Though I rarely comment on politics in this blog, the text today certainly seems to apply to our nation and church these days. Like most Americans, I am befuddled by the inability of the Congress to find a compromise that protects the voiceless and poor in our society, and I am angry. What happens to us as a people when we fail to look at issues and concerns from the other side of wherever we stand, and more important, what happens when we only think about protecting our own assets?
Jesus faced this in his life and warned his sisters and brothers in the Jewish community against being so divided that they collapse. Surely, he would say the same to us in the church in the United States today. How is it possible not to work for a deeper unity when so many believers have walked away from the regular practice of their faith? As I travel around the Northeast, I rarely see young families and your people in church.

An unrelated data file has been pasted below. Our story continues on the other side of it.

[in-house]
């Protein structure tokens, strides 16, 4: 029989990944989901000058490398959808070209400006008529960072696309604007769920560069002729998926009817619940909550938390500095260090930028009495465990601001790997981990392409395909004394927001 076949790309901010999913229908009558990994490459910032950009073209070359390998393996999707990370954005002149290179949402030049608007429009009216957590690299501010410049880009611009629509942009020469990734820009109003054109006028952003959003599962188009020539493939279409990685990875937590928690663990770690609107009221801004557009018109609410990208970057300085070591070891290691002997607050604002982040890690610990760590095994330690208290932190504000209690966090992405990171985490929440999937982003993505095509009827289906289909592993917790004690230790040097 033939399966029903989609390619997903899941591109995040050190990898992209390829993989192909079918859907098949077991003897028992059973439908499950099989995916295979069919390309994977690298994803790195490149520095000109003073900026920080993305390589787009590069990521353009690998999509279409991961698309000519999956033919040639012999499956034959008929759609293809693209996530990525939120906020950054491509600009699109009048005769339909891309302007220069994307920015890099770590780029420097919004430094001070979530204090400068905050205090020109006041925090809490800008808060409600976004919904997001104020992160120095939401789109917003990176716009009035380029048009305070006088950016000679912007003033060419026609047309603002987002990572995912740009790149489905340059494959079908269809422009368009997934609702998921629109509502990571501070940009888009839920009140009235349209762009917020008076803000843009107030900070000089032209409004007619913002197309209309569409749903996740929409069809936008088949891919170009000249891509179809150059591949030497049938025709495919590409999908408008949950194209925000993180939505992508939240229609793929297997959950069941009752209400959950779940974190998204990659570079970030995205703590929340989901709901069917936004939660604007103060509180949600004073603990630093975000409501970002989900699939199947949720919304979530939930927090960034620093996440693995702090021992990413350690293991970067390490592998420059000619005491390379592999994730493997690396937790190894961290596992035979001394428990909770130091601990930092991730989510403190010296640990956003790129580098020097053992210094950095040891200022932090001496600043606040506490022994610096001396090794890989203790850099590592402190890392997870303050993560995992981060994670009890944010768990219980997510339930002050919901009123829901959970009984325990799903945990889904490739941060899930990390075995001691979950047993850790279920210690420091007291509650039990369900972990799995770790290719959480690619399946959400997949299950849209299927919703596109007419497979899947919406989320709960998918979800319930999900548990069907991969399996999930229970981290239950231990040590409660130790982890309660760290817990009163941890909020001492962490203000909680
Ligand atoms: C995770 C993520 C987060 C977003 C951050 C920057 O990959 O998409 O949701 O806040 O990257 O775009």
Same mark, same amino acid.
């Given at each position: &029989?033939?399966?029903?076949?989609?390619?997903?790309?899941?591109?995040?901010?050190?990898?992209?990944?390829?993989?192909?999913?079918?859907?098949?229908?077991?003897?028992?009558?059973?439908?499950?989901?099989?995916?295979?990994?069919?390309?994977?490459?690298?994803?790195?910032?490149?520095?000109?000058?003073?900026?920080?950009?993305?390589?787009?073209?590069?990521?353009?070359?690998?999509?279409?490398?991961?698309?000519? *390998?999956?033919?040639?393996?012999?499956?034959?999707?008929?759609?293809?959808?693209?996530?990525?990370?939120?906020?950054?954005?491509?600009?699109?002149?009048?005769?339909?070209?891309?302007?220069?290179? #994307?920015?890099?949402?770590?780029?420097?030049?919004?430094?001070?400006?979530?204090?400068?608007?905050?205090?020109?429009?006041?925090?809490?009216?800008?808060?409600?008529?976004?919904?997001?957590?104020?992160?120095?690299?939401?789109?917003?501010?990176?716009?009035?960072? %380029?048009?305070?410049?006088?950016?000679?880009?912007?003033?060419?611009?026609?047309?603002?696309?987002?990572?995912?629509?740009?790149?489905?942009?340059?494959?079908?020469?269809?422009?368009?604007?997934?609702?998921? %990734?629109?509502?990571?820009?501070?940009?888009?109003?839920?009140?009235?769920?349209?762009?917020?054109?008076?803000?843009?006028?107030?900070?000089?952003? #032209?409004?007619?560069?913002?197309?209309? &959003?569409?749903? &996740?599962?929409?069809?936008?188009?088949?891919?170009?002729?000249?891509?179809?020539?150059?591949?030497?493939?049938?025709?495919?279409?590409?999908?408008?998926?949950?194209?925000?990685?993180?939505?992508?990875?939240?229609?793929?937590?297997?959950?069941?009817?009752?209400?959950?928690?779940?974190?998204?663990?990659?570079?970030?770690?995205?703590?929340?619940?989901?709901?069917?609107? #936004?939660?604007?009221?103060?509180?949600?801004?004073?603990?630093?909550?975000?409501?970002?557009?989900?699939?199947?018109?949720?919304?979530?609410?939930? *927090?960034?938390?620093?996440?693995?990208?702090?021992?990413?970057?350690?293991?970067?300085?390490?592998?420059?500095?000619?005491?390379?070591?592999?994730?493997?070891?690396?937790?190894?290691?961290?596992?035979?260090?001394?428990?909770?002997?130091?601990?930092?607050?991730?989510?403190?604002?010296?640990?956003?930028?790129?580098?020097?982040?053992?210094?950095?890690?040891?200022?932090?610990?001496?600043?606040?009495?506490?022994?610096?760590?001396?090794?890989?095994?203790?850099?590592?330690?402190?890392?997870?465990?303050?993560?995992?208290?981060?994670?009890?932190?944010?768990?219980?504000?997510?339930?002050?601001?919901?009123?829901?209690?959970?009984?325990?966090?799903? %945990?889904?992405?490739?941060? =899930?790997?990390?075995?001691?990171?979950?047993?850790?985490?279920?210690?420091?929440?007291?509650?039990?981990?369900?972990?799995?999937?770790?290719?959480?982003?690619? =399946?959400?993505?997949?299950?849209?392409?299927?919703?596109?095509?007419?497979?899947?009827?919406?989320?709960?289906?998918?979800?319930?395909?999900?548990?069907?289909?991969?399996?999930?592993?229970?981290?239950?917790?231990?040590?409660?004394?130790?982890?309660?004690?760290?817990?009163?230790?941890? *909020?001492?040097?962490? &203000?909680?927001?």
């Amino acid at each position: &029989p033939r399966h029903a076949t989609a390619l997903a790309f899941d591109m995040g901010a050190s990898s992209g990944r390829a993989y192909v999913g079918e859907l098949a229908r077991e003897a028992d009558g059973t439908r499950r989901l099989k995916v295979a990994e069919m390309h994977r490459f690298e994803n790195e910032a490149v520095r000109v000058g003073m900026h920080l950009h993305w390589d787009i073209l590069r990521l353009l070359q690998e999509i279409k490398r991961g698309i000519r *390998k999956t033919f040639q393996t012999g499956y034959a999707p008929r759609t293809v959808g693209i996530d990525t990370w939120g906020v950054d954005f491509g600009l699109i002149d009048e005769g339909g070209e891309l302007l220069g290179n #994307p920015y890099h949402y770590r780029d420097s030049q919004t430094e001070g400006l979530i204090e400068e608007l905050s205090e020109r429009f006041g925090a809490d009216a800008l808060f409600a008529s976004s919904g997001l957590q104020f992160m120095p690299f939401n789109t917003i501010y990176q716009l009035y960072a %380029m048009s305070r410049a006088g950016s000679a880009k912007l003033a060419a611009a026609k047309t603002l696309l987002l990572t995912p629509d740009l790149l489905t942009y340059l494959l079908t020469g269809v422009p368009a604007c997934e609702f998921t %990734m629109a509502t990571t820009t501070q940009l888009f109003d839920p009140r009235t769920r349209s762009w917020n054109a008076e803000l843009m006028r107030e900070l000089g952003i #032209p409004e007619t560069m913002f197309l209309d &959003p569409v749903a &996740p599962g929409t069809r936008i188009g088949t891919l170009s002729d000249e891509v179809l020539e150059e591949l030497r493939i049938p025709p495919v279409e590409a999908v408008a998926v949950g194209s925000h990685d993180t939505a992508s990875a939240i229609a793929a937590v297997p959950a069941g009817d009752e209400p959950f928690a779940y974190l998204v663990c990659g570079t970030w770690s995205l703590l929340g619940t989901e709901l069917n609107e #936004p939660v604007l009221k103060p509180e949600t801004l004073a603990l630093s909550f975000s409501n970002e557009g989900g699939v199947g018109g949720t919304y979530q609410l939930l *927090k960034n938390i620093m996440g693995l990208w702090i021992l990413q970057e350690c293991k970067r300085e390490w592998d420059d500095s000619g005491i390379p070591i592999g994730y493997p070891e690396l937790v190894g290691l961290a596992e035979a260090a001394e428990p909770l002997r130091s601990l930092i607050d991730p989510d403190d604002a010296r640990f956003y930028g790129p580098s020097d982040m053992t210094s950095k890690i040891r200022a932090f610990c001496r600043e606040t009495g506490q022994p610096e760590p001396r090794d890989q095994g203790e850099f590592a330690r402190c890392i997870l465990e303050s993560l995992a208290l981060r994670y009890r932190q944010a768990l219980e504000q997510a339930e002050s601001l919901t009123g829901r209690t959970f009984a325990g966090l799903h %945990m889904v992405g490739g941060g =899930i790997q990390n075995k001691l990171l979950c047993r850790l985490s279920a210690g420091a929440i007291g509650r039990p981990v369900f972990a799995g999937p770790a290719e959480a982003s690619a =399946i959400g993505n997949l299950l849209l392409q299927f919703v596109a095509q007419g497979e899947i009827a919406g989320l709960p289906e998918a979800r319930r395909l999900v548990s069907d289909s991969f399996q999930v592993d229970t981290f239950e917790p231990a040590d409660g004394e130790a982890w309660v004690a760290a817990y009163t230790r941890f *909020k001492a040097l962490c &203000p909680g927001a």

Are we not listening to one another? Are we so rigid that we can't find a way to move beyond the "theologies" that divide us at our core? Are we only speaking about issues but failing to hear the person behind the issue? If the church of the 21st century hopes to have a voice in civic affairs, then it must get its house in order. Unless we provide a united front and find a way to speak with one voice about critical issues like hunger, housing, health care and immigration reform, we will be a clanging symbol that everyone ignores.
Today, be silent. Say nothing for a while and see what happens when you listen.
What do you think most divides us as a country and a church?